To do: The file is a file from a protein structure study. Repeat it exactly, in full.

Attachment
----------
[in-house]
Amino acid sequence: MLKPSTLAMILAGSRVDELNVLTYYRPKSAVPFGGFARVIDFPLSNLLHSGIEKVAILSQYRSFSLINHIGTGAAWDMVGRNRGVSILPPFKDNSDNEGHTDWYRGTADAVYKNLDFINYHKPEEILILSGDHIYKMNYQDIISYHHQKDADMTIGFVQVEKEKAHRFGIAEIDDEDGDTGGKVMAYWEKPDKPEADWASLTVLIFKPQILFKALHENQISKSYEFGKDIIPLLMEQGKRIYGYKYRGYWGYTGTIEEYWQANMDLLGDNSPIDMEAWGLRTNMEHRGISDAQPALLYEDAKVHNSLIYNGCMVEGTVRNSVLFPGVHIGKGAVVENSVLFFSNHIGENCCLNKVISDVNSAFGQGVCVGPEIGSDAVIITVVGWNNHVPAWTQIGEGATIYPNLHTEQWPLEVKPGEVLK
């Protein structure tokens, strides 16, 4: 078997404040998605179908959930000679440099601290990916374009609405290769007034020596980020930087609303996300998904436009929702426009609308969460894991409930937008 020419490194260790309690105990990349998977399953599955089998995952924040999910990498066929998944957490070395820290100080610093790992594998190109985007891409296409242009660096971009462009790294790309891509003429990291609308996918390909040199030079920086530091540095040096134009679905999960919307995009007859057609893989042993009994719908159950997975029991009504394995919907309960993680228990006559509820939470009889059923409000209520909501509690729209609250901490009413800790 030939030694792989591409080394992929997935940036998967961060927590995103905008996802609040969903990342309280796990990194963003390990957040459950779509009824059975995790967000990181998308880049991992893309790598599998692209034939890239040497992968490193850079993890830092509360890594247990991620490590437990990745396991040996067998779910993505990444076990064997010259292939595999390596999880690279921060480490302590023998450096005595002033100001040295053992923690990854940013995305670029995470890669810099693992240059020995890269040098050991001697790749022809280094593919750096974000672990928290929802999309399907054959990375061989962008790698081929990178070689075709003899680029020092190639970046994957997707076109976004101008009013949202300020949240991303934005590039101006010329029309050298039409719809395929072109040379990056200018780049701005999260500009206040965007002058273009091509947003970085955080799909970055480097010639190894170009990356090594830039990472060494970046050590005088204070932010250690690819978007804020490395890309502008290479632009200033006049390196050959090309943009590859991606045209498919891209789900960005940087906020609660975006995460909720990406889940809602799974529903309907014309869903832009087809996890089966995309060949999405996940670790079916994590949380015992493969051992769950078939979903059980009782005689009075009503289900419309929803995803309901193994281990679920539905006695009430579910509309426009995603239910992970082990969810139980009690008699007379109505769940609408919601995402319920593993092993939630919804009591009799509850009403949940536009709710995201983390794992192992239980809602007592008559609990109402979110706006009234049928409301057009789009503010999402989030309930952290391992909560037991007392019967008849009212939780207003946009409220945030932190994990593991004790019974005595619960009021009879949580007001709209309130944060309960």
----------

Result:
[in-house]
Amino acid sequence: MLKPSTLAMILAGSRVDELNVLTYYRPKSAVPFGGFARVIDFPLSNLLHSGIEKVAILSQYRSFSLINHIGTGAAWDMVGRNRGVSILPPFKDNSDNEGHTDWYRGTADAVYKNLDFINYHKPEEILILSGDHIYKMNYQDIISYHHQKDADMTIGFVQVEKEKAHRFGIAEIDDEDGDTGGKVMAYWEKPDKPEADWASLTVLIFKPQILFKALHENQISKSYEFGKDIIPLLMEQGKRIYGYKYRGYWGYTGTIEEYWQANMDLLGDNSPIDMEAWGLRTNMEHRGISDAQPALLYEDAKVHNSLIYNGCMVEGTVRNSVLFPGVHIGKGAVVENSVLFFSNHIGENCCLNKVISDVNSAFGQGVCVGPEIGSDAVIITVVGWNNHVPAWTQIGEGATIYPNLHTEQWPLEVKPGEVLK
């Protein structure tokens, strides 16, 4: 078997404040998605179908959930000679440099601290990916374009609405290769007034020596980020930087609303996300998904436009929702426009609308969460894991409930937008 020419490194260790309690105990990349998977399953599955089998995952924040999910990498066929998944957490070395820290100080610093790992594998190109985007891409296409242009660096971009462009790294790309891509003429990291609308996918390909040199030079920086530091540095040096134009679905999960919307995009007859057609893989042993009994719908159950997975029991009504394995919907309960993680228990006559509820939470009889059923409000209520909501509690729209609250901490009413800790 030939030694792989591409080394992929997935940036998967961060927590995103905008996802609040969903990342309280796990990194963003390990957040459950779509009824059975995790967000990181998308880049991992893309790598599998692209034939890239040497992968490193850079993890830092509360890594247990991620490590437990990745396991040996067998779910993505990444076990064997010259292939595999390596999880690279921060480490302590023998450096005595002033100001040295053992923690990854940013995305670029995470890669810099693992240059020995890269040098050991001697790749022809280094593919750096974000672990928290929802999309399907054959990375061989962008790698081929990178070689075709003899680029020092190639970046994957997707076109976004101008009013949202300020949240991303934005590039101006010329029309050298039409719809395929072109040379990056200018780049701005999260500009206040965007002058273009091509947003970085955080799909970055480097010639190894170009990356090594830039990472060494970046050590005088204070932010250690690819978007804020490395890309502008290479632009200033006049390196050959090309943009590859991606045209498919891209789900960005940087906020609660975006995460909720990406889940809602799974529903309907014309869903832009087809996890089966995309060949999405996940670790079916994590949380015992493969051992769950078939979903059980009782005689009075009503289900419309929803995803309901193994281990679920539905006695009430579910509309426009995603239910992970082990969810139980009690008699007379109505769940609408919601995402319920593993092993939630919804009591009799509850009403949940536009709710995201983390794992192992239980809602007592008559609990109402979110706006009234049928409301057009789009503010999402989030309930952290391992909560037991007392019967008849009212939780207003946009409220945030932190994990593991004790019974005595619960009021009879949580007001709209309130944060309960």